Re­duc­ing dosages of opi­oids

Colorado’s Med­i­caid pro­gram is try­ing to com­bat ad­dic­tion and over­doses.

The Denver Post - - NEWS - By John In­gold

Colorado’s Med­i­caid pro­gram is re­duc­ing the amount of opi­oid painkillers it al­lows its re­cip­i­ents to re­ceive, part of a grow­ing cam­paign to re­strict how many of the highly ad­dic­tive drugs are in cir­cu­la­tion.

The new pol­icy, an­nounced this month, will roll out in two phases. The first, which goes into place in Au­gust, ap­plies to Med­i­caid re­cip­i­ents who are pre­scribed opi­oids for the first time in at least a year. The pol­icy will limit those pa­tients to re­ceiv­ing only a seven-day sup­ply to start, with two ad­di­tional one-week re­fills pos­si­ble if the pa­tient re­quests them. An­other re­fill re­quest be­yond that will re­quire ad­di­tional scru­tiny.

Dr. Judy Zerzan, the chief med­i­cal of­fi­cer for Colorado’s Depart­ment of Health Care Pol­icy and Fi­nanc­ing, which ad­min­is­ters Med­i­caid in the state, said the goal of this first phase is to pre­vent new pa­tients from be­com­ing hooked on pain pills.

The sec­ond phase will re­duce the to­tal dosage of opi­oids that all Med­i­caid pa­tients can re­ceive.

Cur­rently, Med­i­caid won’t pay for re­cip­i­ents to re­ceive more than 300 mor­phine mil­ligram equiv­a­lents, or MME, per day. The MME mea­sure­ment helps doc­tors stan­dard­ize doses across opi­oids of vary­ing po­tency.

The new pol­icy will re­duce that max­i­mum amount to 250 MME per day. Zerzan said the state will likely look at re­duc­ing that limit fur­ther but wants to en­sure that pa­tients cur­rently on a high dose are weaned down slowly to avoid pain spikes or prob­lems from with­drawal.

The amount is still well above fed­eral guide­lines put in place last year. The Cen­ters for Dis­ease Con­trol and Preven­tion warn doc­tors about pre­scrib­ing opi­oid doses above 90 MME per day. Colorado’s med­i­cal reg­u­la­tors have en­cour­aged all doc­tors to keep pre­scrip­tions be­low 120 MME per day.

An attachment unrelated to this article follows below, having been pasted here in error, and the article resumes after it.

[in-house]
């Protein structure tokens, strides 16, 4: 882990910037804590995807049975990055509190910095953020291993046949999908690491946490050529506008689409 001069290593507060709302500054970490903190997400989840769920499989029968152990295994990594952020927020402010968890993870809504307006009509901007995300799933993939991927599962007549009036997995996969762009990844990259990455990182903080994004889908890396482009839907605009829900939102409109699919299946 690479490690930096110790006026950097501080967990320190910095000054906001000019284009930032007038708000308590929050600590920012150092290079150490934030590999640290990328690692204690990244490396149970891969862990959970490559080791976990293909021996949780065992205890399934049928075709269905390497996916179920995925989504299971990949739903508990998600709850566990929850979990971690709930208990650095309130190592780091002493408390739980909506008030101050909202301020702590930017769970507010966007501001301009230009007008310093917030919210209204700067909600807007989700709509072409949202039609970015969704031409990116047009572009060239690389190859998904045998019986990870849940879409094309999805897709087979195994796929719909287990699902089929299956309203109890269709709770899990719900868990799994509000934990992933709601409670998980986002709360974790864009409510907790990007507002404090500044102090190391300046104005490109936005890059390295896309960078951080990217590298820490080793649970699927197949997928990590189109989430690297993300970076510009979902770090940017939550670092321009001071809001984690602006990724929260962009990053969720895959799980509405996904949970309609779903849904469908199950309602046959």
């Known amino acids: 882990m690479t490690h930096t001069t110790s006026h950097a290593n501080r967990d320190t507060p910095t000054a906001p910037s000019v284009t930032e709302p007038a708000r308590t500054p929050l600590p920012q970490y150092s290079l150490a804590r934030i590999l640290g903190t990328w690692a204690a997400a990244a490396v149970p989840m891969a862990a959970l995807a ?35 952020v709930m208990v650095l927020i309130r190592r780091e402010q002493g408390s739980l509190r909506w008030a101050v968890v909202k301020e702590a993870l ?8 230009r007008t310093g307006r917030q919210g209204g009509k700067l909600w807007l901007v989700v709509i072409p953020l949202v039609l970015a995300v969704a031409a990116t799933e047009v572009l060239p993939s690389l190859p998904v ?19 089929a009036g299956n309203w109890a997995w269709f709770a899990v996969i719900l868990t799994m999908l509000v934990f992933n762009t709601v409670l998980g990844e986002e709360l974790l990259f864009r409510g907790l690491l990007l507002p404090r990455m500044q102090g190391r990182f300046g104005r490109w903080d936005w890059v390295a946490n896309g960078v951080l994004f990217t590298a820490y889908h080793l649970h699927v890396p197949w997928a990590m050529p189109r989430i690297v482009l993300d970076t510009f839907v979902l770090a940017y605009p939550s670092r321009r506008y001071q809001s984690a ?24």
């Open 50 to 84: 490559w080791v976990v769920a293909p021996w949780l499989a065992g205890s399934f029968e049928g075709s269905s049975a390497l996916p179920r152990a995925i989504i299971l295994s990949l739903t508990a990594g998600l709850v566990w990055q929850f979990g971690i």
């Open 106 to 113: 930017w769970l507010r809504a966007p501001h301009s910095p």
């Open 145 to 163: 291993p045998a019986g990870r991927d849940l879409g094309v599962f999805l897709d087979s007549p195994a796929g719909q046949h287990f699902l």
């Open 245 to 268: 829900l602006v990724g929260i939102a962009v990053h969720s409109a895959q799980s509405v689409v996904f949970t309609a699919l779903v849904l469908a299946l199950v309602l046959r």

But chronic pain pa­tients in Colorado and other states have said such lim­i­ta­tions block ac­cess to im­por­tant med­i­ca­tions they need to live nor­mal lives. And the new Med­i­caid poli­cies will have ex­emp­tions for peo­ple re­ceiv­ing hos­pice or pal­lia­tive care or who are can­cer pa­tients.

Marc Wil­liams, a spokesman for the pro­gram, said doc­tors can also call a Med­i­caid spe­cial­ist if they be­lieve other pa­tients re­quire more than 250 MME per day.

“Ev­ery pa­tient has in­di­vid­ual med­i­cal needs,” he said, “and they’ll be eval­u­ated on a case-by­case ba­sis.”

Zerzan said med­i­cal re­search shows opi­oids may reach max­i­mum ef­fi­cacy for even the most se­vere pain at dosages as low as 90 MME,

and she said the state will en­cour­age doc­tors to pur­sue al­ter­nate med­i­ca­tions or pain-man­age­ment prac­tices to try to pre­vent pa­tients with chronic pain from de­vel­op­ing a tol­er­ance to opi­oids that re­quires higher amounts. Colorado’s Med­i­caid pro­gram two years ago in­creased how much it pays for out­pa­tient phys­i­cal ther­apy, in part to en­cour­age its use more widely for pain man­age­ment.

Zerzan said she hopes the new pol­icy will also re­duce over­doses and deaths. When re­searchers an­a­lyzed the state’s Med­i­caid data, she said, they found pa­tients were more likely to over­dose if they were pre­scribed over 300 MME per day.

“There was def­i­nitely a trend,” she said, “that the more opi­ates you were on, the greater your risk of death.”

Med­i­caid, which is a shared state and fed­eral pro­gram for peo­ple with low in­comes or dis­abil­i­ties, cov­ers more than one out of ev­ery five peo­ple in Colorado.

Wil­liams said, as of late last year, there were 200 Med­i­caid mem­bers in the state re­ceiv­ing 300 MME per day or more.

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